MSI's GeForce RTX 3050 Gaming X is the company's most premium version of the GeForce RTX 3050. NVIDIA announced the GeForce RTX 3050 at CES Las Vegas just a few days ago. Earlier this week, the review embargo has lifted, but the MSI RTX 3050 Gaming X was stuck in customs for another day. The GeForce RTX 3050 is the most affordable desktop graphics card based on the Ampere architecture and meant for 1080p gaming with fairly high details—ray tracing is very much possible, but you'll need to tone down the settings or make good use of the DLSS feature. A section of the market will see this more as an affordable Ampere meant for 1080p gaming, particularly e-sports.
The RTX 3050 is based on the same 8 nm GA106 silicon as the RTX 3060, but with huge differences in specifications. While the latter nearly maxes out the GA106, featuring 3,584 out of 3,840 CUDA cores present on the chip, the RTX 3050 is carved out by disabling a third of the streaming multiprocessors (SM), resulting in 2,560 CUDA cores, 20 RT cores, and 80 Tensor cores. Keeping with the theme of "two-thirds," the RTX 3050 only gets 8 GB of memory compared to 12 GB on the RTX 3060. The memory bus width is proportionately narrowed to 128-bit and uses slower 14 Gbps memory chips (compared to 15 Gbps on the RTX 3060).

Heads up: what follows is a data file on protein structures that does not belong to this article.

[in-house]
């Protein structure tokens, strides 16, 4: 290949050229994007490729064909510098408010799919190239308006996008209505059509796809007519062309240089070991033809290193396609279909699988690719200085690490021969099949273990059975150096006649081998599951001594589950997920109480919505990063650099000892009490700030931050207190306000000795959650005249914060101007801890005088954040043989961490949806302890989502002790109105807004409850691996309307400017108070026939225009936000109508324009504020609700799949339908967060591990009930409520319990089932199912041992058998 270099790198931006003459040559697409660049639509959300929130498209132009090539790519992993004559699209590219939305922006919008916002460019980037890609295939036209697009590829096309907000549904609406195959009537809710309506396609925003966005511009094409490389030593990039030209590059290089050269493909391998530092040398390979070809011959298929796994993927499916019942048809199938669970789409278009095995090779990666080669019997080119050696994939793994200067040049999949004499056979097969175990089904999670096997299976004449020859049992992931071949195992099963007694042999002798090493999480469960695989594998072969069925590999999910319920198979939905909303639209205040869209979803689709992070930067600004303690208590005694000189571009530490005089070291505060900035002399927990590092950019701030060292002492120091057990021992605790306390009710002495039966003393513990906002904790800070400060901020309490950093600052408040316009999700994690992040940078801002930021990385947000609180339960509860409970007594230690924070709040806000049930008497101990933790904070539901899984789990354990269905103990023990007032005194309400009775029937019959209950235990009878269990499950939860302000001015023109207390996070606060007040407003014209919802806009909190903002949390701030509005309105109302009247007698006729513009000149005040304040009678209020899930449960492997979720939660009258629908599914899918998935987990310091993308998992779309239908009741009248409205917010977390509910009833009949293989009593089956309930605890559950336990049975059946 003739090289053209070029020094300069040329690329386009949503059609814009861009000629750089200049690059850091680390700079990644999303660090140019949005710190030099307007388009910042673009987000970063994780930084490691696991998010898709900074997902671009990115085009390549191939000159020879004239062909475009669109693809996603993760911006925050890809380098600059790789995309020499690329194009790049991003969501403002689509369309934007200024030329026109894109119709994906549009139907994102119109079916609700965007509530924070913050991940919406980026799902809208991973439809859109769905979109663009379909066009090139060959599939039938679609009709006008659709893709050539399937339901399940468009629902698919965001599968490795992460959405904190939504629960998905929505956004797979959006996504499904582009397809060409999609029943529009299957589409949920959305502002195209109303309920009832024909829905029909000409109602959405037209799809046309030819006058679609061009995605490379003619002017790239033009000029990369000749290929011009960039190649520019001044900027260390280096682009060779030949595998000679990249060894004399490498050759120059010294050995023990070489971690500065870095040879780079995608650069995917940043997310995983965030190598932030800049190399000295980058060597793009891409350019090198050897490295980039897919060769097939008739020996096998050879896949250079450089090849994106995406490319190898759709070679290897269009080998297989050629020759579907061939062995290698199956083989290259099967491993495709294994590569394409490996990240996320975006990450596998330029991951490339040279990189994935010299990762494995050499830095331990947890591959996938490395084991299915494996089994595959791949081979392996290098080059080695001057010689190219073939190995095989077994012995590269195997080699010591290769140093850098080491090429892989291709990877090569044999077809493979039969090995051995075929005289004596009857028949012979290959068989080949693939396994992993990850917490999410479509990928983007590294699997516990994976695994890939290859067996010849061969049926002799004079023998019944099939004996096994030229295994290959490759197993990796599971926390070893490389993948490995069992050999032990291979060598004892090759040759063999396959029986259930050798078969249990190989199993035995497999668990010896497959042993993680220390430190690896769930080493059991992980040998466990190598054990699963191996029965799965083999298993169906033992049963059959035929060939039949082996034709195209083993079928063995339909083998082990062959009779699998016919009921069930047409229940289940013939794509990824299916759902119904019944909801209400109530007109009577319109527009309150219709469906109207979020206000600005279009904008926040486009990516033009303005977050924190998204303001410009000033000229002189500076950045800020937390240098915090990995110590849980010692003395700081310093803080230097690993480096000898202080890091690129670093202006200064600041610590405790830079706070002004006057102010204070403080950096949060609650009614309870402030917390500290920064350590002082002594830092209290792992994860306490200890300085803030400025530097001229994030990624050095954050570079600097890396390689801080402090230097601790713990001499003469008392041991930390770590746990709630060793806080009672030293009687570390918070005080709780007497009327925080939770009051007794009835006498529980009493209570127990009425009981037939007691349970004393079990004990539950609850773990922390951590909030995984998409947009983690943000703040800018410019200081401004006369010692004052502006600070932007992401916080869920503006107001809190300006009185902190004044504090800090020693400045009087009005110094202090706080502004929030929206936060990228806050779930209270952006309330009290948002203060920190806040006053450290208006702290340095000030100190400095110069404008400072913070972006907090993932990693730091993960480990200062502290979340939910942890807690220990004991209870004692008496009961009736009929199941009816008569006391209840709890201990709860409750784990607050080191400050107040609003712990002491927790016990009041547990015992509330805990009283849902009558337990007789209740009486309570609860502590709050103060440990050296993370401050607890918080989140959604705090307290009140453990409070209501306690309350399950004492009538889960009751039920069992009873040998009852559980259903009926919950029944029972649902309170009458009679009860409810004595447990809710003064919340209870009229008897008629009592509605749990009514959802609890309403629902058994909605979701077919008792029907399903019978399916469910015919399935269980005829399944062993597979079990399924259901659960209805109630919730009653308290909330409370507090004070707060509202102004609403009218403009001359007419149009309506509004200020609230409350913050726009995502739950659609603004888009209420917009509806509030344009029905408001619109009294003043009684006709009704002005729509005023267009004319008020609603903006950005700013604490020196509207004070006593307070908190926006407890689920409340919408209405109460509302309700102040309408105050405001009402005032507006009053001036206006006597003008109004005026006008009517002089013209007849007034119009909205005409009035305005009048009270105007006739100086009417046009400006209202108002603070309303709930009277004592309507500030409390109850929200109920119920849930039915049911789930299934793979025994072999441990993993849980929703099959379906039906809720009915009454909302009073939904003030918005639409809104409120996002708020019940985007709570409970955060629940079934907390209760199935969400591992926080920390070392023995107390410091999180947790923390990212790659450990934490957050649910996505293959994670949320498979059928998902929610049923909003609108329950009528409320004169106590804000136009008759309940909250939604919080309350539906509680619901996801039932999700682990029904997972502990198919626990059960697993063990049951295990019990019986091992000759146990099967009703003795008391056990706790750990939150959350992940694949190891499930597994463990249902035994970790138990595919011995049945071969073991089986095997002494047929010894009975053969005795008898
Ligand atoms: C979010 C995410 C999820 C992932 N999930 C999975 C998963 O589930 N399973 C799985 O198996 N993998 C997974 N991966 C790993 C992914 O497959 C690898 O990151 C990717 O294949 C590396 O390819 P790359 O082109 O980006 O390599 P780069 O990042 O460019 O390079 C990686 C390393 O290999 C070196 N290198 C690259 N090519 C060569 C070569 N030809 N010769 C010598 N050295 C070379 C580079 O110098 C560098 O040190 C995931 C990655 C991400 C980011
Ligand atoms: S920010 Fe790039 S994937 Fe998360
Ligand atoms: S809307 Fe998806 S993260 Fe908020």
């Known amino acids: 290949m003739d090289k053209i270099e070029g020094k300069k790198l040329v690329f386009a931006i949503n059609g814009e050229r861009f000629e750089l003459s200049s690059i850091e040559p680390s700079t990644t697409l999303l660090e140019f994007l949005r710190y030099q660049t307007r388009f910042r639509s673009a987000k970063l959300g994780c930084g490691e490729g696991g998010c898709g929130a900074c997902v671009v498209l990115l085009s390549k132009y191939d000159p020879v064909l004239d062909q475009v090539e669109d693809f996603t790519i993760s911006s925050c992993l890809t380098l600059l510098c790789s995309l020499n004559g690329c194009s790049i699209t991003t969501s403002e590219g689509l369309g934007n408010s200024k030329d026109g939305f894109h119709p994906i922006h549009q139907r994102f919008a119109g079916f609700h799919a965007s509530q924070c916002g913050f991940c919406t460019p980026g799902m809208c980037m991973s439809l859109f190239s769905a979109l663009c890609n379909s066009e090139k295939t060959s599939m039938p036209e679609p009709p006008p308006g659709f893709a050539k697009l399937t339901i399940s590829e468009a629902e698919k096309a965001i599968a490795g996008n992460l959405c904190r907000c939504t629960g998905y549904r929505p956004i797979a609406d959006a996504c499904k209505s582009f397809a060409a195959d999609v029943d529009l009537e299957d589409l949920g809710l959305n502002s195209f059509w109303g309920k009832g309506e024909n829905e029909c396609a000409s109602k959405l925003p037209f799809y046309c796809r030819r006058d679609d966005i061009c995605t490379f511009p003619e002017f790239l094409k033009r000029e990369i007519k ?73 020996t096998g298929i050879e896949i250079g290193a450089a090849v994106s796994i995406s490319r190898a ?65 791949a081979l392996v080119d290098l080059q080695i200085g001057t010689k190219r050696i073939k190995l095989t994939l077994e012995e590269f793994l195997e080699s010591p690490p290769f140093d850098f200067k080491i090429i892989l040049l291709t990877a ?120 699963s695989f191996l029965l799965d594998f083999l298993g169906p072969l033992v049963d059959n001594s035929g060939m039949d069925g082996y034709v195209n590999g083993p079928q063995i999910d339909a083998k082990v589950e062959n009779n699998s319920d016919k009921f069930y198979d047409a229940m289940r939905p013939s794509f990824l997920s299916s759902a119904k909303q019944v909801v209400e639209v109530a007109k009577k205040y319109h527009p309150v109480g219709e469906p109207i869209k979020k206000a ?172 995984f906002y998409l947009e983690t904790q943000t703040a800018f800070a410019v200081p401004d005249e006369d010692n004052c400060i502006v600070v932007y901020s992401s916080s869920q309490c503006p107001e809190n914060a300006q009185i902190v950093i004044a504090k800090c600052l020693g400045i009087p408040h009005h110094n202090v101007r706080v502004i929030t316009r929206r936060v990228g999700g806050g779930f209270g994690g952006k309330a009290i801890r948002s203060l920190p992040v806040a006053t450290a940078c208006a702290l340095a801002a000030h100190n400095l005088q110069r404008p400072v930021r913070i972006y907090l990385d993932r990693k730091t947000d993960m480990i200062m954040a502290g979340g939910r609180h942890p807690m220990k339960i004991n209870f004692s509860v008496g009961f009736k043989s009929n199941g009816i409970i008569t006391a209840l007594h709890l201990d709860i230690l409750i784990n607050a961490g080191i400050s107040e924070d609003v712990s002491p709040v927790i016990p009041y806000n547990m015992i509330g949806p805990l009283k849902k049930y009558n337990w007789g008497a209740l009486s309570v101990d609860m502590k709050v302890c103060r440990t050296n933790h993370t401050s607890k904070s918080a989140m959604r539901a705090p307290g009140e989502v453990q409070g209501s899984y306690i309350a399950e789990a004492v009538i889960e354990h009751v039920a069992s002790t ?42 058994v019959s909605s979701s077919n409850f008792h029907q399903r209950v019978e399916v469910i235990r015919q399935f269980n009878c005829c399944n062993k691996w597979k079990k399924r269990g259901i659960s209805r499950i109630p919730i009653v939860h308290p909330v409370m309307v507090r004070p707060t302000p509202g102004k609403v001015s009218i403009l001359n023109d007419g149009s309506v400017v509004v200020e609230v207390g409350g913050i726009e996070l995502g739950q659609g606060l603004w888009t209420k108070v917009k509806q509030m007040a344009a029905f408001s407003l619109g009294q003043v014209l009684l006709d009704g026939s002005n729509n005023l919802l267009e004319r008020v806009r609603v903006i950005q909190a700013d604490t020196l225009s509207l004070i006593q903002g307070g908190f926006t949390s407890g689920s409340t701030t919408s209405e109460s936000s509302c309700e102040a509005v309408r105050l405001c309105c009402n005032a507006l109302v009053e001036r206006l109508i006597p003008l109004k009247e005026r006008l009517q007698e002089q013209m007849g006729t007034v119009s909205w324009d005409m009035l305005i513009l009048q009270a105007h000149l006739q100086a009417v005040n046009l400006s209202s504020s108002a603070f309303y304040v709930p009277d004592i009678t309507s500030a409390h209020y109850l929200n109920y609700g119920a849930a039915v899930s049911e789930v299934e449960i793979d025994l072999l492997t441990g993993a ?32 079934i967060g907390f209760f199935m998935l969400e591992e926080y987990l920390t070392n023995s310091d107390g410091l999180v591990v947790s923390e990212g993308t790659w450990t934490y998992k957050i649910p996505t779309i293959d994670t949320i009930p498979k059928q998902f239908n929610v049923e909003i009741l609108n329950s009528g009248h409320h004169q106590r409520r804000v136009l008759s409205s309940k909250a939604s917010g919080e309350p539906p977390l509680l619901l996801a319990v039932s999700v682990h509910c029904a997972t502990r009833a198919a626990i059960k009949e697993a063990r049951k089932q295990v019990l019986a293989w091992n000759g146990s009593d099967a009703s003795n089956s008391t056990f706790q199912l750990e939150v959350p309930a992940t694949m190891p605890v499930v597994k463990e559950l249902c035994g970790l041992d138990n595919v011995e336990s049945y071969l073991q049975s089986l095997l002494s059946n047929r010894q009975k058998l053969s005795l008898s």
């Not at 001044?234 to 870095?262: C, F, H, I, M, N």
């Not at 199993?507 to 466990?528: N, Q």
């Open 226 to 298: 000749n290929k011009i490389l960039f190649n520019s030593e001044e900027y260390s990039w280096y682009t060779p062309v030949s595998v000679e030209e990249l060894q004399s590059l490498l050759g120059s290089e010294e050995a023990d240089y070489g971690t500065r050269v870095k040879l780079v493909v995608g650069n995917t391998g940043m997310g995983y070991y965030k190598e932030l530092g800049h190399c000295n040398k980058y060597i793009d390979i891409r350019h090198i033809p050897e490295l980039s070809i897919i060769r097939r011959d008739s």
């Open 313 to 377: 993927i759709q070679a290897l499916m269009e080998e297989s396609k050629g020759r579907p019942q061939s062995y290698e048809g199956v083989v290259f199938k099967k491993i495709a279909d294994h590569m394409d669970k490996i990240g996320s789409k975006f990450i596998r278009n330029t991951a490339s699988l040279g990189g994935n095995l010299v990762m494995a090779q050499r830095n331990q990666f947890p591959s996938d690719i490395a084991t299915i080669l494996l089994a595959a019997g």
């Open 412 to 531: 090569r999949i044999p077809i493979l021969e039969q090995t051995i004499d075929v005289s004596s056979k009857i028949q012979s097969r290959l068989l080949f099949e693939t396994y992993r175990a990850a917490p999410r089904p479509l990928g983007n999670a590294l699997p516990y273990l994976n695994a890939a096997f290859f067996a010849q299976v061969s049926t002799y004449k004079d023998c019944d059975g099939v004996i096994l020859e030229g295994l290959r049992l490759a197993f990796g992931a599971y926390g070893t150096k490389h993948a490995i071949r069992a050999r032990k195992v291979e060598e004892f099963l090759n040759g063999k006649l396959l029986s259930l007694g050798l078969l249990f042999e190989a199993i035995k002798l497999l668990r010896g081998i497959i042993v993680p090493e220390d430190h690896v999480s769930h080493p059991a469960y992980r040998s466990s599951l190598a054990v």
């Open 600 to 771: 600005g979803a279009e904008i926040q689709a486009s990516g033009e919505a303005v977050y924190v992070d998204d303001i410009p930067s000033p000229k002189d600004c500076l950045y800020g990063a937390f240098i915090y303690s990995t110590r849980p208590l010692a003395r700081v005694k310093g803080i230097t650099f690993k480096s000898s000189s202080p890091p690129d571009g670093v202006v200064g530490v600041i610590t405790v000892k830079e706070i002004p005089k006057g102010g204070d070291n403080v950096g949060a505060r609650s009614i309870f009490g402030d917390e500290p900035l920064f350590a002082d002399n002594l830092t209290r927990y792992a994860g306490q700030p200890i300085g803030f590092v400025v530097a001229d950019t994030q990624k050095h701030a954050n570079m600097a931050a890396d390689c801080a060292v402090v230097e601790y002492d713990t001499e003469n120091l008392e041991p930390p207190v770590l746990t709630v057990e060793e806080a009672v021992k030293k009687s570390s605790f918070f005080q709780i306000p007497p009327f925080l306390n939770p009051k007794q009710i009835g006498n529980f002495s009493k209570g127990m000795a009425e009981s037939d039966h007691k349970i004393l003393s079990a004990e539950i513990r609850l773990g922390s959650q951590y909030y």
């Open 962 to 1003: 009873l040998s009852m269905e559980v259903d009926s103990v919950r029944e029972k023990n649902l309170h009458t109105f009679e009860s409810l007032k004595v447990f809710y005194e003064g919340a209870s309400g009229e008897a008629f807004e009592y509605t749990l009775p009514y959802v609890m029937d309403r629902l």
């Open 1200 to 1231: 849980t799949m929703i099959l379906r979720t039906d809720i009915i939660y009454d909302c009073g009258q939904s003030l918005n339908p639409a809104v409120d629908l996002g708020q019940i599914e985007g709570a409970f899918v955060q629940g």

The most remarkable difference in specifications between the RTX 3050 and RTX 3060 has to be the PCI-Express bus width, which has been halved to PCI-Express 4.0 x8. The GA106 very much does support 16 lanes, and every custom-design board, including this one, has rudimentary PCB traces for all 16 lanes, but only 8 lanes are enabled. NVIDIA explains this by stating that "dropping to 8 PCIe lanes improves supply. It allows us to source a wider variety of chips for the life of the product." In other words, the company is currently consuming all the GA106 inventory that didn't make the cut for the RTX 3060, and in the future could carve RTX 3050 cards out of the smaller GA107 silicon, which physically has 3,072 CUDA cores, a 128-bit GDDR6 memory bus, and, more importantly, an 8-lane PCIe Gen 4 bus. Such a switch should result in no change to performance.
MSI has paired the RTX 3050 Gaming X with a large dual-fan, triple-slot cooling solution. The card draws power from a single 8-pin PCIe power connector. Display outputs include three DisplayPort 1.4a and an HDMI 2.1. The Gaming X is overclocked out of the box, to a rated boost frequency of 1845 MHz, up 68 MHz from the 1777 MHz NVIDIA baseline. In terms of pricing, the card comes at an MSRP of $379, a significant increase over the NVIDIA RTX 3050 MSRP of $250. Currently, the card is listed for $420, out of stock, but Europe has some cards, at €500. We expect a market price of $500 or above.